Hendes dreng var 17 år gammel, da han døde natten mellem den 3. og 4. juni i 1989. Moren, der hedder Ding Zilin, og som i dag er 76 år gammel, ved ikke præcist, hvad der skete med sønnen. Men hun vil have et svar. Hun vil se retfærdighed. Og det kan hun ikke få.
Ding Zilin er en af medstifterne til den gruppe, der hedder Mødrene fra Tiananmen. Det er en gruppe af mødre, som mistede deres børn under massakren i 1989.
Kinas Kommunistparti satte kampvogne og soldater ind for at rydde Tiananmen – Den Himmelske Fredsplads – for demonstranter og op mod flere tusinde civile og soldater blev dræbt.
Hvert år siden gruppen blev dannet har de offentliggjort et åbent brev til myndighederne. De har endnu ikke fået svar. Og de er endnu mere pessimistiske i deres seneste brev, som du kan læse på Human Rights in China, for der ingen tegn på politiske reformer eller mere åbenhed om massakren i 89:
Facts have clearly shown that during the past nearly quarter century, China’s top leaders have never been real political reformers. Jiang Zemin was not, Hu Jintao was not, nor is Xi Jinping, who just took office. They come one after another, as if through a revolving door; and as they move forward, they become ever more distant and outrageous, causing a universal feeling of despair to descend on the people from all sides. Ever since Xi Jinping expressed the “Two Irrefutables”1 after the 18th Party Congress, we have not seen him reflect upon or show remorse in the slightest for the sins committed during the three decades of Maoist communism. We also have not seen him criticize in the slightest or make anyone accountable for the three decades of Deng-style “lame reform.” What we see, precisely, are giant steps backwards towards Maoist orthodoxy. Xi has mixed together the things that were most unpopular and most in need of repudiation in these two 30-year time spans, and requires people to regard them as fundamental, guiding principles. This has caused those individuals who originally harbored hopes in him in carrying out political reform to fall into sudden disappointment and despair.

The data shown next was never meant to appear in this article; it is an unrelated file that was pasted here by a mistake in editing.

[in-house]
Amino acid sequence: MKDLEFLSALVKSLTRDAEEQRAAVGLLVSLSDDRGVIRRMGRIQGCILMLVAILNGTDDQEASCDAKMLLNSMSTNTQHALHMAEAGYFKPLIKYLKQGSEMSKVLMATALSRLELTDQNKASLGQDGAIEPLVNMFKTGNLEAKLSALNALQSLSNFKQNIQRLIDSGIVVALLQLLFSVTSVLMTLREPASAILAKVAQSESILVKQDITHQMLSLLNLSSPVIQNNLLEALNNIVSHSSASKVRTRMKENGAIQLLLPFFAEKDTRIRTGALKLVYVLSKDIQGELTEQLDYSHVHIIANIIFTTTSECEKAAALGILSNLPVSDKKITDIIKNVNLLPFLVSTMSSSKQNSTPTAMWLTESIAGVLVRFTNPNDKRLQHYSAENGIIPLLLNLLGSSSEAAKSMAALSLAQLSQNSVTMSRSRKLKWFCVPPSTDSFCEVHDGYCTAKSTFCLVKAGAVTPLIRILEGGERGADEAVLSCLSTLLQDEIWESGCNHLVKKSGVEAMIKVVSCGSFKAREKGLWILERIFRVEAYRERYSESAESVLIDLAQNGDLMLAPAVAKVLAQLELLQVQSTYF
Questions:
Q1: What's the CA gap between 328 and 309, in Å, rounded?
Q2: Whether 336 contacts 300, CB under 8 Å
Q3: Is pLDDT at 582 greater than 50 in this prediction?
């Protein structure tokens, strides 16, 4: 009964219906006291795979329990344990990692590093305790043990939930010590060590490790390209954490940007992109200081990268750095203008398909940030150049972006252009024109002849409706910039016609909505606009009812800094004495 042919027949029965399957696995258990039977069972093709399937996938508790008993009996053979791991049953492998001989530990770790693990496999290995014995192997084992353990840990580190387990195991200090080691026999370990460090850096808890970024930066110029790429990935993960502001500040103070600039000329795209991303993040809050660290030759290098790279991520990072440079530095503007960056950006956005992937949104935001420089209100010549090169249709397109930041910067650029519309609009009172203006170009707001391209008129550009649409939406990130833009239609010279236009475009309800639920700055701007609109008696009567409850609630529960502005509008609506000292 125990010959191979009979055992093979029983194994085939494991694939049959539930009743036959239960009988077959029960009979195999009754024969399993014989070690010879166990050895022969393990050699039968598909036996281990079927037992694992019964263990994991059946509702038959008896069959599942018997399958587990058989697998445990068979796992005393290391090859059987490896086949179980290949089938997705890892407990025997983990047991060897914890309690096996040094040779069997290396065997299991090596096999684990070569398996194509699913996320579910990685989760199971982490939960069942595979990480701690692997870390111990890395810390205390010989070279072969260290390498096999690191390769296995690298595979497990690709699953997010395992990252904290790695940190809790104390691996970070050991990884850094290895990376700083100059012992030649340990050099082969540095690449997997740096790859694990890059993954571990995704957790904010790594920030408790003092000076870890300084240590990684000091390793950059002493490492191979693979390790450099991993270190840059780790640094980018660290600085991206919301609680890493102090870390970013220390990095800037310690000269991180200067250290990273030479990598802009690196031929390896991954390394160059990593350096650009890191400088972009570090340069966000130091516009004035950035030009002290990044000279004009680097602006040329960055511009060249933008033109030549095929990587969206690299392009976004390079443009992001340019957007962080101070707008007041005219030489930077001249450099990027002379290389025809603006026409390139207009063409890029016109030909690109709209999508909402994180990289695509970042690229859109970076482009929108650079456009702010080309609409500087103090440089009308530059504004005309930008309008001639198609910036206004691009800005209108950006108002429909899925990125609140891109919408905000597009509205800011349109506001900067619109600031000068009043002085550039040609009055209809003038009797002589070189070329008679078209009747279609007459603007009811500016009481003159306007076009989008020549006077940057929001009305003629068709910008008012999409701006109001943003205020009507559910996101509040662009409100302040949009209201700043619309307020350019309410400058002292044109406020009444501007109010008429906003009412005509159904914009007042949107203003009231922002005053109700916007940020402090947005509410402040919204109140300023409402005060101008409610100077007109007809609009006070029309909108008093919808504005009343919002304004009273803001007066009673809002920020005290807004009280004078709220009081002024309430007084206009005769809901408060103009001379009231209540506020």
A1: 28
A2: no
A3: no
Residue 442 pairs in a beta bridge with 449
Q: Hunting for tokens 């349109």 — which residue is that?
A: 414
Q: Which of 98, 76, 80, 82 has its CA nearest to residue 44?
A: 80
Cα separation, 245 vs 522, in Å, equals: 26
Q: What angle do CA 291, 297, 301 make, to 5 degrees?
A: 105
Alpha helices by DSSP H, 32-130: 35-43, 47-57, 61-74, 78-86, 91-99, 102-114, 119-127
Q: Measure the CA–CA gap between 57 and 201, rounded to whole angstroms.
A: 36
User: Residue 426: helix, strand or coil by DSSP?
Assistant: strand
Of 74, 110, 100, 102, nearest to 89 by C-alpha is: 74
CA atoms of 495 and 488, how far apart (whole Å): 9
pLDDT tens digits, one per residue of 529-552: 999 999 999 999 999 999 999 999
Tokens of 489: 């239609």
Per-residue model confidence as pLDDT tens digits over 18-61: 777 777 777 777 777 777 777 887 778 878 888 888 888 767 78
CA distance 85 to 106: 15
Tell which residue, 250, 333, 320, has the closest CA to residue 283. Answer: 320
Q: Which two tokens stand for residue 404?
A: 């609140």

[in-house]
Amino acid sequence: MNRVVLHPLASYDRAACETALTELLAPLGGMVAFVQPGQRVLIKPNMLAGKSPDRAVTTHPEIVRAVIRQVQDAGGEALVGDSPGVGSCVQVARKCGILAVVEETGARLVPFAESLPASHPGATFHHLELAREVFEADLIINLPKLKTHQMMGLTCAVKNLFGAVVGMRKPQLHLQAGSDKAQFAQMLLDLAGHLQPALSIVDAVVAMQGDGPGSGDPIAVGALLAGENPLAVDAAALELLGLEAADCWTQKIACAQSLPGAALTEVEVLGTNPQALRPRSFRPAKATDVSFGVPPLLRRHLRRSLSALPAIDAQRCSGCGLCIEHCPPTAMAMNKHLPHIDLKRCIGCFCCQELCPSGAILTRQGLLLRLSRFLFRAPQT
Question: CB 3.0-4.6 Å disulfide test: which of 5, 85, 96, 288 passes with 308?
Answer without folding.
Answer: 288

De kinesiske myndigheder holder medlemmerne af gruppen under overvågning, og de får ikke lov til at bevæge sig frit. Som Lim Louisa fra amerikanske NPR skriver i denne artikel, hvor hun interviewer Ding:
In the days since her interview with NPR, Ding and her husband, Jiang Peikun, have not been allowed to leave their apartment. They had wanted to mourn their son at the spot where he died, but they have not been permitted to do so.
“We are both old people, getting on for 80 years old,” they wrote in an email. “We do not have much time. We will not have many opportunities left to hold memorials.”
Authorities have prevented another founding member of the Tiananmen Mothers, Zhang Xianling, from visiting Hong Kong in the runup to the anniversary.
Her 19-year-old son was shot dead while taking photographs of the martial law troops. This year, she lent the dented helmet he was wearing that night to a temporary museum in Hong Kong that was commemorating June 4. The former British colony is the only place on Chinese soil where candlelight vigils are permitted, to remember the killings.
Zhang had been scheduled to accompany her husband, Wang Fandi, a musician of the pipa, a traditional Chinese instrument, to watch a pipa competition in Hong Kong.
But Chinese police warned her not to visit Hong Kong at this “sensitive” time. In a phone conversation, she said the authorities’ mishandling of her trip was almost comical.
“It should have been a very good cultural event and now, it’s become a scandal that violates my human rights,” she said.